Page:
I found out ten days later, driving along Highway 62 in the shimmering summer desert heat, when my father told me that Kathy had been found unconscious in her overturned SUV in a ravine miles and miles from home the night before. No one is quite sure how she got there or what exactly happened. The paramedics tried to rouse her, and got a very thready pulse back by the time they got her to the hospital. That afternoon, while I was probably eating lunch, Kathy's mom and husband had to make the unthinkable decision to let go. The machines were turned off. Kathy was gone.
Katharine Brook Potts Palmer was 27 years old. She had been married to John Palmer for 15 months. Her son Mason was four months old. She was survived by her husband and son, her mother Jane and her brother Mike.
I was 29 when Kathy died. I had known her for more than 20 years. Her family was like a second family to me. And yet, she had never met my husband David. That alone still astounds me, that two people who have played such a formational role in my life never met. And they will never meet. It did not seem real. I couldn't really grasp the knowledge that I'd never see her again, never hold my breath and grip the dashboard while she drove her car merrily and crazily along the road, never sing loudly and probably very off-key to all our favorite old songs (notably U2's "With or Without You"). She will never meet my son William or know that we moved back to Nashville. We never got to trade pregnancy war stories or compare anecdotes about our children as they grew up. We will never sit together on a big wide veranda in our golden years and make quilts or just gossip together. All the memories are mine alone now.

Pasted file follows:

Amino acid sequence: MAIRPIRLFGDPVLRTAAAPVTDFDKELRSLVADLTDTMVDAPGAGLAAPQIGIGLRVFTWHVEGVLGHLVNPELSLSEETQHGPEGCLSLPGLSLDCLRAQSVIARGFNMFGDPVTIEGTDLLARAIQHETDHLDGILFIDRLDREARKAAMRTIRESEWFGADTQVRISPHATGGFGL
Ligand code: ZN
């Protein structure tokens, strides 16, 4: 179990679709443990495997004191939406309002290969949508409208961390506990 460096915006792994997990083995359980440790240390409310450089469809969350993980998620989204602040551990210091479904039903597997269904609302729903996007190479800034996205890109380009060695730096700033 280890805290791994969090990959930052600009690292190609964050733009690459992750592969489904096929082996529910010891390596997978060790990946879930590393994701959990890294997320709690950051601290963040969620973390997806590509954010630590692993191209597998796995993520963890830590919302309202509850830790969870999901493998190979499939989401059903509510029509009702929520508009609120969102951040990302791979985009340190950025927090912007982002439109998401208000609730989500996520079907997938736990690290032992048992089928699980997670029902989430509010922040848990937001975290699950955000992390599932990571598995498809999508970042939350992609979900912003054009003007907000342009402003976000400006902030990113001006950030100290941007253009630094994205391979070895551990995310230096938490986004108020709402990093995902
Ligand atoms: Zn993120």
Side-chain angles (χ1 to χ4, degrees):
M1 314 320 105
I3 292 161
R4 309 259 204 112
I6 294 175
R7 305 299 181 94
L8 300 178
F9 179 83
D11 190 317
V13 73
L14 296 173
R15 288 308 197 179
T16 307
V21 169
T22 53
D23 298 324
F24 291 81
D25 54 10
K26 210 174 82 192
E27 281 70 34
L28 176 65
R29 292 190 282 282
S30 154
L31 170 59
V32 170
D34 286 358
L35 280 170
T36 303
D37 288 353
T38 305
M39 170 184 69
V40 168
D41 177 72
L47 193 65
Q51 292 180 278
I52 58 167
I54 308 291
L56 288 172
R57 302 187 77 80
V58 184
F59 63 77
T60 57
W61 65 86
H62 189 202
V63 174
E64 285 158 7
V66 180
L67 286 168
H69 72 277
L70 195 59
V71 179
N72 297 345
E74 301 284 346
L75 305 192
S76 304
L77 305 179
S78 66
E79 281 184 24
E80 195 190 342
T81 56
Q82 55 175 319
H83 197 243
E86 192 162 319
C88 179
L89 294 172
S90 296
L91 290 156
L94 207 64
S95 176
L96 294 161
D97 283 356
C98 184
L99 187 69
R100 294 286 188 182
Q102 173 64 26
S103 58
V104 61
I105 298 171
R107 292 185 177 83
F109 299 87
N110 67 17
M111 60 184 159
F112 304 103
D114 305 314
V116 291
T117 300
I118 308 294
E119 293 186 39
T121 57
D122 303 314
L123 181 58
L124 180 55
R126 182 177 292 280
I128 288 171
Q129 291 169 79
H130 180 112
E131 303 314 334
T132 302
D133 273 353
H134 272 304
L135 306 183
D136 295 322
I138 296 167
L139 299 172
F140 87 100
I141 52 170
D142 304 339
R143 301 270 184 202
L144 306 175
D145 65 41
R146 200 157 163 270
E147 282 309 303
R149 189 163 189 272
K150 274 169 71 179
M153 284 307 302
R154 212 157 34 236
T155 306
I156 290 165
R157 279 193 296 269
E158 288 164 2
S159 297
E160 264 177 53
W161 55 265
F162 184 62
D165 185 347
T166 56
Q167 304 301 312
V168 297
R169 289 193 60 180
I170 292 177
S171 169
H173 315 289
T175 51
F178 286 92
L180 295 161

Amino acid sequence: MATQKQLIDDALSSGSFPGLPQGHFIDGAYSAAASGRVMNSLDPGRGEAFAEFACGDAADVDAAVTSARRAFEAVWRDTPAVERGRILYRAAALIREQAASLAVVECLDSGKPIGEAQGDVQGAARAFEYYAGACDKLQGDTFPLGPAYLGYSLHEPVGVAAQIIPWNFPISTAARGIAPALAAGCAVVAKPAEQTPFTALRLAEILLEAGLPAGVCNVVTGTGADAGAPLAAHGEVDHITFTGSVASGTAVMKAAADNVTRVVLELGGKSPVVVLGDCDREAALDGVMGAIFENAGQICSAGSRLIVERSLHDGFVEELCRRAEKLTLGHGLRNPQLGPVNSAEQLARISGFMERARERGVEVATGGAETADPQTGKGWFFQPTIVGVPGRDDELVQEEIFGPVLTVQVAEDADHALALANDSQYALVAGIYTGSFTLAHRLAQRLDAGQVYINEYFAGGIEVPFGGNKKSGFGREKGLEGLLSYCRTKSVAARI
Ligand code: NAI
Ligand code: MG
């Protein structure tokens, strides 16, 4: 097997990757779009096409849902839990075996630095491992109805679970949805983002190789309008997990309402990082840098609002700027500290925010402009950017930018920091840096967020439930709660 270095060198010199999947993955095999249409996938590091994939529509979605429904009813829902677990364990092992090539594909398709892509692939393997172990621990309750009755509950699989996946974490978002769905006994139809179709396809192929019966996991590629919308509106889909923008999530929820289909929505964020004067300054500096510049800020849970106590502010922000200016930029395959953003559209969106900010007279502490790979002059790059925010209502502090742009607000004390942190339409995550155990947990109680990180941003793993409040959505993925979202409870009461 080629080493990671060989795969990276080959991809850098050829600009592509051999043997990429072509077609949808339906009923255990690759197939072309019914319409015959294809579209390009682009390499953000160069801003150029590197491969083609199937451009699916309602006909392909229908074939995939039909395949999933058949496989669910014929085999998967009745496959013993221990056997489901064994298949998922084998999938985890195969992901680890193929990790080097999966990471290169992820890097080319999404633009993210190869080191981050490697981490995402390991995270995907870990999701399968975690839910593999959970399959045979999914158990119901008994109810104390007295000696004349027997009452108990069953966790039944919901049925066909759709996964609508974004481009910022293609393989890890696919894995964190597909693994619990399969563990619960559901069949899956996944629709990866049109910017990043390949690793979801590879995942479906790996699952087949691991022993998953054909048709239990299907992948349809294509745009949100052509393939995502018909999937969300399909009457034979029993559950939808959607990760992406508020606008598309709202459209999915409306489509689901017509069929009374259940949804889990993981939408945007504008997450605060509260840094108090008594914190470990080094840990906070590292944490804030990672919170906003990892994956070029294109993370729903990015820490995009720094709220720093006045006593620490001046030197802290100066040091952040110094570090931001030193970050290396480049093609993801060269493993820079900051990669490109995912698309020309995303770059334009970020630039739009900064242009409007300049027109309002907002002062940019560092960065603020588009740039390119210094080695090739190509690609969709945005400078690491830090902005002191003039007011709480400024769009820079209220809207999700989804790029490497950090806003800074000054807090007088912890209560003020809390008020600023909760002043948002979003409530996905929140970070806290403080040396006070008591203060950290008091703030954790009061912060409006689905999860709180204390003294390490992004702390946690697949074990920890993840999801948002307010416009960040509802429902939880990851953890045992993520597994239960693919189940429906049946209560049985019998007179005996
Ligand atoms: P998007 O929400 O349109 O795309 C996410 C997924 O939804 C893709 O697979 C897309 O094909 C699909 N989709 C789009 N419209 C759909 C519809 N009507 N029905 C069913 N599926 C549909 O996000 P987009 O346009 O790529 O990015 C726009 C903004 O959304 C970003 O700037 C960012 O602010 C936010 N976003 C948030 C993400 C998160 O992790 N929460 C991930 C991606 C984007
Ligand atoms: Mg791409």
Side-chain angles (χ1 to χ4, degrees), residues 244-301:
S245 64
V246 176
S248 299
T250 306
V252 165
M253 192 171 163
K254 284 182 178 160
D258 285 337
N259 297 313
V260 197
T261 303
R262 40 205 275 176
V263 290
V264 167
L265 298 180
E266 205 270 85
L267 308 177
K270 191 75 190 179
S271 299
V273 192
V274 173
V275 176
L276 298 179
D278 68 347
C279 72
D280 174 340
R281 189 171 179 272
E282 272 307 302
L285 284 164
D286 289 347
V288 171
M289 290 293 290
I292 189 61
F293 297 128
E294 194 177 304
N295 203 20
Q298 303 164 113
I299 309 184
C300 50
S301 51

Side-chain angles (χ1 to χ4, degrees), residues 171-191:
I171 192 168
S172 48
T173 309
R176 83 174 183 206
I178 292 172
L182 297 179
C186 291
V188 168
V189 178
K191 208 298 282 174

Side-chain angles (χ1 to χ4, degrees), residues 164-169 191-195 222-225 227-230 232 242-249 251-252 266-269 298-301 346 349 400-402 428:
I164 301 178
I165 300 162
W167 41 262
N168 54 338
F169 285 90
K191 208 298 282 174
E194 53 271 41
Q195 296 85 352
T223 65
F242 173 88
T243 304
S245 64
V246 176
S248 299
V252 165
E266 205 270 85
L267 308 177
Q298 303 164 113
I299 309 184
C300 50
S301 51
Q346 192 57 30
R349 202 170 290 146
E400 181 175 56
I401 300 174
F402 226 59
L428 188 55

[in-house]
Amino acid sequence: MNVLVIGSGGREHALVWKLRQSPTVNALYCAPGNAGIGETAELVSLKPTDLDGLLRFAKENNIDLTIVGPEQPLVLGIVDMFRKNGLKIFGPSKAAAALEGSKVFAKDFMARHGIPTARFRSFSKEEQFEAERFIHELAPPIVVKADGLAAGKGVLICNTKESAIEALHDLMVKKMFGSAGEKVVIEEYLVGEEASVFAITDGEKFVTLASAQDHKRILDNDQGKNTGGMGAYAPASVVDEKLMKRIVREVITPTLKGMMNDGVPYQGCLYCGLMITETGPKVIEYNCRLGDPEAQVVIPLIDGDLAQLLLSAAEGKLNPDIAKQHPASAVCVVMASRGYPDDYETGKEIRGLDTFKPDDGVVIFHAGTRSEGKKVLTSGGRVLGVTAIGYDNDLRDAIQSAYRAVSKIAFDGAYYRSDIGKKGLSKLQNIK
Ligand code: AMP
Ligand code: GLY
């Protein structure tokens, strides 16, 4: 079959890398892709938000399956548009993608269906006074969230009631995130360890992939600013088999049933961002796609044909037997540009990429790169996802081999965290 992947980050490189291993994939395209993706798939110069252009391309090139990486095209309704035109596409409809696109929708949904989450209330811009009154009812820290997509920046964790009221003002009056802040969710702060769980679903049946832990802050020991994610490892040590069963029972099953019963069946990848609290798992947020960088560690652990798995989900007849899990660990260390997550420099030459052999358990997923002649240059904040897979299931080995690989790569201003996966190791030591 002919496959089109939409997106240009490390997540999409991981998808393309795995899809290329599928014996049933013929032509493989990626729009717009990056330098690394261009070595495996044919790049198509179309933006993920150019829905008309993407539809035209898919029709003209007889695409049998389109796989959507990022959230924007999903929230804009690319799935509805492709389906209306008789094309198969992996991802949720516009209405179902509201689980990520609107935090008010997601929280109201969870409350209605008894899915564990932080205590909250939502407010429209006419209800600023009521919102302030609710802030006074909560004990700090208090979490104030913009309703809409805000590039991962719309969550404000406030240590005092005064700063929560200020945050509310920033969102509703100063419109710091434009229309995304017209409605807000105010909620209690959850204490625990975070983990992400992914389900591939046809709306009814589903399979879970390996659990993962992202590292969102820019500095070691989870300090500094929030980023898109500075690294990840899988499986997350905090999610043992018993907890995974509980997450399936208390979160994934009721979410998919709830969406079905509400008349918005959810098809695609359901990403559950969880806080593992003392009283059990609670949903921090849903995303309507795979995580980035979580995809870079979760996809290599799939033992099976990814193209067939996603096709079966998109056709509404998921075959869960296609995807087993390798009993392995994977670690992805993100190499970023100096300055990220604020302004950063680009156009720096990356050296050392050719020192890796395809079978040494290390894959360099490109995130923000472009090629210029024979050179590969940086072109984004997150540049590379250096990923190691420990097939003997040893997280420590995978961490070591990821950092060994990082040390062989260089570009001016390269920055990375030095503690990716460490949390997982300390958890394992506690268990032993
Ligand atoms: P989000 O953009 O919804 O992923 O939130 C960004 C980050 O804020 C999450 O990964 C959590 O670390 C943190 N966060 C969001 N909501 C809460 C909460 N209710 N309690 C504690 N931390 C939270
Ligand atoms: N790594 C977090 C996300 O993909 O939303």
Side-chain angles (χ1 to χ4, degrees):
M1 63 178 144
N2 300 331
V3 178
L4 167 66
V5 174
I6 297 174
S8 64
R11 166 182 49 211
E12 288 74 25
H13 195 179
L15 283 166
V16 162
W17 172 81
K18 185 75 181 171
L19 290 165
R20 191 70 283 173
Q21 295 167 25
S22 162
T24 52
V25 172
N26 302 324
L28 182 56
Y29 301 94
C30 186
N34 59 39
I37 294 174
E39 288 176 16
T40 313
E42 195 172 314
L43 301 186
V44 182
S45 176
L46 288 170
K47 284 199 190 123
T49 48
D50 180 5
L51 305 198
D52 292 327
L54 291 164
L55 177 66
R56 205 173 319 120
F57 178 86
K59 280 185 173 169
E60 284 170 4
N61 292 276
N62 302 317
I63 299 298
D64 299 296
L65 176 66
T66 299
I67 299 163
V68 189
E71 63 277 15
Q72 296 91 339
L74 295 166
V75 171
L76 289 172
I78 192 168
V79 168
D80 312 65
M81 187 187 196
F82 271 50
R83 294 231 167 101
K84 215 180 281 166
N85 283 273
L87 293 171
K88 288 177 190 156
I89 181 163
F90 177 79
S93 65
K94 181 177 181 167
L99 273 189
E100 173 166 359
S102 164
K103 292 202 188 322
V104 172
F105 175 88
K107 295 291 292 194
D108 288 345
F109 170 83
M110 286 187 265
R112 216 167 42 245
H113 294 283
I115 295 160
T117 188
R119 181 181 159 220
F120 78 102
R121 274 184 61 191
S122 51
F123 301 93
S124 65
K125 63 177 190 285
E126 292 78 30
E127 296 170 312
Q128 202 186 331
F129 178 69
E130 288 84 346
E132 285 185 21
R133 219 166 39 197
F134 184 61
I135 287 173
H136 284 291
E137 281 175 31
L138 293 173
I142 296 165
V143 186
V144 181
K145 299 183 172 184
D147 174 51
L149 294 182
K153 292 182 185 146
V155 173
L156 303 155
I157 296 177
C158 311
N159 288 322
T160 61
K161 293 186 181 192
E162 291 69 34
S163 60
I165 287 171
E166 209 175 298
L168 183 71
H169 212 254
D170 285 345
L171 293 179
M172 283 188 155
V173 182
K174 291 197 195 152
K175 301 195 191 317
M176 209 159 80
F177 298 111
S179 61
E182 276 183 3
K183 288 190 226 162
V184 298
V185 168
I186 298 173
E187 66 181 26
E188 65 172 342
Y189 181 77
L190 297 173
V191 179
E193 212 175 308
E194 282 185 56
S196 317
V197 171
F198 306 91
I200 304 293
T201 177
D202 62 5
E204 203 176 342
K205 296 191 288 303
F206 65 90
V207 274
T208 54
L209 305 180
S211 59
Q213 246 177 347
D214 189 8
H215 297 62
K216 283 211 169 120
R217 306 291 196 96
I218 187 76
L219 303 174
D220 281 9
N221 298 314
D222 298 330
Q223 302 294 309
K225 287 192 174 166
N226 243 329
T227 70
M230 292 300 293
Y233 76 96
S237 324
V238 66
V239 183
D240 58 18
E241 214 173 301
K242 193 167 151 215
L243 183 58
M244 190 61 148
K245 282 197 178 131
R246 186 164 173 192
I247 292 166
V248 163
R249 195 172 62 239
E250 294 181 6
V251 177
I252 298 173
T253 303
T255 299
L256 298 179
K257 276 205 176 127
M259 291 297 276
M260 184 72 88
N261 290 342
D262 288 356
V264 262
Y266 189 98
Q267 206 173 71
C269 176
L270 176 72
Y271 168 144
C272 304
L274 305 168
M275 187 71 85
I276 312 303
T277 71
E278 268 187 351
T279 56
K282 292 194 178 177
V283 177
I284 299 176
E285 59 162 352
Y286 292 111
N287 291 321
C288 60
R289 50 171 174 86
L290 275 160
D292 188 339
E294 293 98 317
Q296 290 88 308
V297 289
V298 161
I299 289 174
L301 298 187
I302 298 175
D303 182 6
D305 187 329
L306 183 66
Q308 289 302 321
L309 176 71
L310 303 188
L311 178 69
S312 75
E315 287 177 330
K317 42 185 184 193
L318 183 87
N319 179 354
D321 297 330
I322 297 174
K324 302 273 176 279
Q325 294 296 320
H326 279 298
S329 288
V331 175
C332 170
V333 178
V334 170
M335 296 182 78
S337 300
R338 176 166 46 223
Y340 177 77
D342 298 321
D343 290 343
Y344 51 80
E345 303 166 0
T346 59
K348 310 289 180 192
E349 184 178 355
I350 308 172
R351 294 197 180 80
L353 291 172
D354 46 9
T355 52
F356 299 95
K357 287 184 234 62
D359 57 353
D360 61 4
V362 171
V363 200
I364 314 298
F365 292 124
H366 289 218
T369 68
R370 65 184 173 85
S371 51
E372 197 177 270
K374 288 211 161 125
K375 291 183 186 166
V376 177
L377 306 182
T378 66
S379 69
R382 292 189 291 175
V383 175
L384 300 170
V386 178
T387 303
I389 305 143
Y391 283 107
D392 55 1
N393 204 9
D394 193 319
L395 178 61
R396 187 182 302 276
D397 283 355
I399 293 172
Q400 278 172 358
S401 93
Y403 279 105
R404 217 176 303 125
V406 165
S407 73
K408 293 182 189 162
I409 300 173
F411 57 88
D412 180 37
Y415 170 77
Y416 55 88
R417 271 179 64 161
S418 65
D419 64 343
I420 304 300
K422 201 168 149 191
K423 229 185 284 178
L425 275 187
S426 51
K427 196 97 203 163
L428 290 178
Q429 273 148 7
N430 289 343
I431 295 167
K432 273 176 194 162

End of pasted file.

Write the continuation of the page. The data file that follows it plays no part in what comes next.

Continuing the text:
Today marks the fifth anniversary of her death. I still miss her every day. I sometimes find myself still melancholy about her death. I wonder about her son, how he's doing, how I can't even bear the thought that he will never know the woman who was his mother, who was my dear friend. I consider myself blessed each day that I get to spend with my own son. I ache that my friend never got to celebrate her son's first birthday or his second or any other. How weak it sounds to say "it is not fair," but it isn't.
I could spin tales about Kathy all day long, and it would still never really do her justice. I could tell you about how she was one of the biggest Alabama football fans to ever walk the face of the earth; she used to talk about legendary 'Bama Coach Paul Bear Bryant's funeral as if it was a funeral for a member of her own family (which in a way, it was). I could tell you about how she took a paintbrush full of paint one summer at camp and slapped in down the back of my head, covering my entire braid in paint. I could tell you how she lit up every room she walked into, amping up the energy level just by being there. It would never, ever be enough to convey what is in my heart and in my head.
I have a picture of the two of us together propped up on the desk here where I write. I was probably 17 or 18. It was taken at a friend's house, probably just on random night where we got a big group of church camp friends together and hung out. We look really happy to be hanging out together, and maybe a little bit mischievous, which is probably par for the course. We look like ourselves. That is how I remember us, remember her. In my head, I will also forever carry the image of her as a sweet-faced little girl in a swim cap and Green Valley racing suit. She will always be a part of me.